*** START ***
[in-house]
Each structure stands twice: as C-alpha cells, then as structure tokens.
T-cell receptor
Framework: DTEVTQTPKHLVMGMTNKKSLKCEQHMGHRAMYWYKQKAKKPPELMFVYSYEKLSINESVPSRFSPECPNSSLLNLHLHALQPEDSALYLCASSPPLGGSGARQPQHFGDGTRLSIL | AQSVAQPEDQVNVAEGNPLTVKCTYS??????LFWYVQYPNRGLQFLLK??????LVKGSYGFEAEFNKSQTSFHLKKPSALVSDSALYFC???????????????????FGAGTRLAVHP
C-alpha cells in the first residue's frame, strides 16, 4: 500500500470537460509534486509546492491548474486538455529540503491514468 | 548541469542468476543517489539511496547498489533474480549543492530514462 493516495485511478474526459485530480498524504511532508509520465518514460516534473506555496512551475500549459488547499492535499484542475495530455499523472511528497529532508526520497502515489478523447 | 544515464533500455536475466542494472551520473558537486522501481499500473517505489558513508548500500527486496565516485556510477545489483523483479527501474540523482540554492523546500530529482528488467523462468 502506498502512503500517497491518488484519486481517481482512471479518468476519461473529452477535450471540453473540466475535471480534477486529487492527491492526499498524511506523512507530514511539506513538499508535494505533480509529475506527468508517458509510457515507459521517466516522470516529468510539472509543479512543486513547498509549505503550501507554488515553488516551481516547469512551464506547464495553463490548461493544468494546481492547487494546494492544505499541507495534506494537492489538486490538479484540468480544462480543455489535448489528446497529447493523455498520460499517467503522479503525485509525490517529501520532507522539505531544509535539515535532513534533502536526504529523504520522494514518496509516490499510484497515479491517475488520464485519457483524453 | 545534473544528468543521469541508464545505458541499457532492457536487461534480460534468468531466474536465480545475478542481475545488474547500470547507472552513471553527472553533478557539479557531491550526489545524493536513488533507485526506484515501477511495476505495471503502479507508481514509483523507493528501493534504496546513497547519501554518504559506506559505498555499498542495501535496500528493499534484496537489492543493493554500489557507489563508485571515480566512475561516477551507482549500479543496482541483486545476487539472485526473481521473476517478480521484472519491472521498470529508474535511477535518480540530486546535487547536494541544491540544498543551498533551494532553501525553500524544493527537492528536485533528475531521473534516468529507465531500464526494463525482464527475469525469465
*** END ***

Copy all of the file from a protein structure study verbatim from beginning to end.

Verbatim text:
[in-house]
Each structure stands twice: as C-alpha cells, then as structure tokens.
T-cell receptor
Framework: DTEVTQTPKHLVMGMTNKKSLKCEQHMGHRAMYWYKQKAKKPPELMFVYSYEKLSINESVPSRFSPECPNSSLLNLHLHALQPEDSALYLCASSPPLGGSGARQPQHFGDGTRLSIL | AQSVAQPEDQVNVAEGNPLTVKCTYS??????LFWYVQYPNRGLQFLLK??????LVKGSYGFEAEFNKSQTSFHLKKPSALVSDSALYFC???????????????????FGAGTRLAVHP
C-alpha cells in the first residue's frame, strides 16, 4: 500500500470537460509534486509546492491548474486538455529540503491514468 | 548541469542468476543517489539511496547498489533474480549543492530514462 493516495485511478474526459485530480498524504511532508509520465518514460516534473506555496512551475500549459488547499492535499484542475495530455499523472511528497529532508526520497502515489478523447 | 544515464533500455536475466542494472551520473558537486522501481499500473517505489558513508548500500527486496565516485556510477545489483523483479527501474540523482540554492523546500530529482528488467523462468 502506498502512503500517497491518488484519486481517481482512471479518468476519461473529452477535450471540453473540466475535471480534477486529487492527491492526499498524511506523512507530514511539506513538499508535494505533480509529475506527468508517458509510457515507459521517466516522470516529468510539472509543479512543486513547498509549505503550501507554488515553488516551481516547469512551464506547464495553463490548461493544468494546481492547487494546494492544505499541507495534506494537492489538486490538479484540468480544462480543455489535448489528446497529447493523455498520460499517467503522479503525485509525490517529501520532507522539505531544509535539515535532513534533502536526504529523504520522494514518496509516490499510484497515479491517475488520464485519457483524453 | 545534473544528468543521469541508464545505458541499457532492457536487461534480460534468468531466474536465480545475478542481475545488474547500470547507472552513471553527472553533478557539479557531491550526489545524493536513488533507485526506484515501477511495476505495471503502479507508481514509483523507493528501493534504496546513497547519501554518504559506506559505498555499498542495501535496500528493499534484496537489492543493493554500489557507489563508485571515480566512475561516477551507482549500479543496482541483486545476487539472485526473481521473476517478480521484472519491472521498470529508474535511477535518480540530486546535487547536494541544491540544498543551498533551494532553501525553500524544493527537492528536485533528475531521473534516468529507465531500464526494463525482464527475469525469465